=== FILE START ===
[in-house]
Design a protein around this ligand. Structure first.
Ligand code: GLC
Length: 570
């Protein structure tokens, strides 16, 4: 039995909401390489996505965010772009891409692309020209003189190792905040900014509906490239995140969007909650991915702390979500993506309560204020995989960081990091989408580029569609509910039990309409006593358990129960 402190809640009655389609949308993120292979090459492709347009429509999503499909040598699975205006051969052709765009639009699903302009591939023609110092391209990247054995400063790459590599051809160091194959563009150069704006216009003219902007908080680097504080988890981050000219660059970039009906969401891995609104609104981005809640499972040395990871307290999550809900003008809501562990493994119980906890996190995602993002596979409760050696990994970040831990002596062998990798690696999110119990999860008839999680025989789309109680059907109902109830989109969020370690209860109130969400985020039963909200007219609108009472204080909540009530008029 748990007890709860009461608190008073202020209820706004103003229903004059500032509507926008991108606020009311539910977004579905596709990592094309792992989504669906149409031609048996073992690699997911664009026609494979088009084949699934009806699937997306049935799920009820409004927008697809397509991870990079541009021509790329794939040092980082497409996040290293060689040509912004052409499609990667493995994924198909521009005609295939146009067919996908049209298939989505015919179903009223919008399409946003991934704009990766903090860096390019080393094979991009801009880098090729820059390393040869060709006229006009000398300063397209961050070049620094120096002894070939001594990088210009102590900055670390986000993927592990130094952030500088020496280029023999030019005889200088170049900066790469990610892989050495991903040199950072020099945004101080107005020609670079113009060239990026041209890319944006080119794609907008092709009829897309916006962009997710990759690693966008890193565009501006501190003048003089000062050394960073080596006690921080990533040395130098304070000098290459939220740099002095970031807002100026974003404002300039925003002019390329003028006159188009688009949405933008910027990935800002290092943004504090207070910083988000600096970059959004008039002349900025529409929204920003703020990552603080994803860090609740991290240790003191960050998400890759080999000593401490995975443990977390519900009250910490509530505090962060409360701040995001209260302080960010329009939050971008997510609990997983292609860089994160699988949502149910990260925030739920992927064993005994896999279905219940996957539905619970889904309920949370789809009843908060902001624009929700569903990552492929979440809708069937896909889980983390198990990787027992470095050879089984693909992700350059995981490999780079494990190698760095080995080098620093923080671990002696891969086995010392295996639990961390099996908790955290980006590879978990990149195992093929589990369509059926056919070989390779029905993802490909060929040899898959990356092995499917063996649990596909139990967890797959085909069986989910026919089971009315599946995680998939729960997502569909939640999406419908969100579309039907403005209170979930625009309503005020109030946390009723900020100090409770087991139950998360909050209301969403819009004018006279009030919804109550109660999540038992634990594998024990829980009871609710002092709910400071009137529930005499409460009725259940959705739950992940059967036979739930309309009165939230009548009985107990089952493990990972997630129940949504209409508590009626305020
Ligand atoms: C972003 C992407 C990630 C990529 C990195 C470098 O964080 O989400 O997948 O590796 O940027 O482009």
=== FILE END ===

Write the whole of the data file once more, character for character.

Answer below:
[in-house]
Design a protein around this ligand. Structure first.
Ligand code: GLC
Length: 570
């Protein structure tokens, strides 16, 4: 039995909401390489996505965010772009891409692309020209003189190792905040900014509906490239995140969007909650991915702390979500993506309560204020995989960081990091989408580029569609509910039990309409006593358990129960 402190809640009655389609949308993120292979090459492709347009429509999503499909040598699975205006051969052709765009639009699903302009591939023609110092391209990247054995400063790459590599051809160091194959563009150069704006216009003219902007908080680097504080988890981050000219660059970039009906969401891995609104609104981005809640499972040395990871307290999550809900003008809501562990493994119980906890996190995602993002596979409760050696990994970040831990002596062998990798690696999110119990999860008839999680025989789309109680059907109902109830989109969020370690209860109130969400985020039963909200007219609108009472204080909540009530008029 748990007890709860009461608190008073202020209820706004103003229903004059500032509507926008991108606020009311539910977004579905596709990592094309792992989504669906149409031609048996073992690699997911664009026609494979088009084949699934009806699937997306049935799920009820409004927008697809397509991870990079541009021509790329794939040092980082497409996040290293060689040509912004052409499609990667493995994924198909521009005609295939146009067919996908049209298939989505015919179903009223919008399409946003991934704009990766903090860096390019080393094979991009801009880098090729820059390393040869060709006229006009000398300063397209961050070049620094120096002894070939001594990088210009102590900055670390986000993927592990130094952030500088020496280029023999030019005889200088170049900066790469990610892989050495991903040199950072020099945004101080107005020609670079113009060239990026041209890319944006080119794609907008092709009829897309916006962009997710990759690693966008890193565009501006501190003048003089000062050394960073080596006690921080990533040395130098304070000098290459939220740099002095970031807002100026974003404002300039925003002019390329003028006159188009688009949405933008910027990935800002290092943004504090207070910083988000600096970059959004008039002349900025529409929204920003703020990552603080994803860090609740991290240790003191960050998400890759080999000593401490995975443990977390519900009250910490509530505090962060409360701040995001209260302080960010329009939050971008997510609990997983292609860089994160699988949502149910990260925030739920992927064993005994896999279905219940996957539905619970889904309920949370789809009843908060902001624009929700569903990552492929979440809708069937896909889980983390198990990787027992470095050879089984693909992700350059995981490999780079494990190698760095080995080098620093923080671990002696891969086995010392295996639990961390099996908790955290980006590879978990990149195992093929589990369509059926056919070989390779029905993802490909060929040899898959990356092995499917063996649990596909139990967890797959085909069986989910026919089971009315599946995680998939729960997502569909939640999406419908969100579309039907403005209170979930625009309503005020109030946390009723900020100090409770087991139950998360909050209301969403819009004018006279009030919804109550109660999540038992634990594998024990829980009871609710002092709910400071009137529930005499409460009725259940959705739950992940059967036979739930309309009165939230009548009985107990089952493990990972997630129940949504209409508590009626305020
Ligand atoms: C972003 C992407 C990630 C990529 C990195 C470098 O964080 O989400 O997948 O590796 O940027 O482009």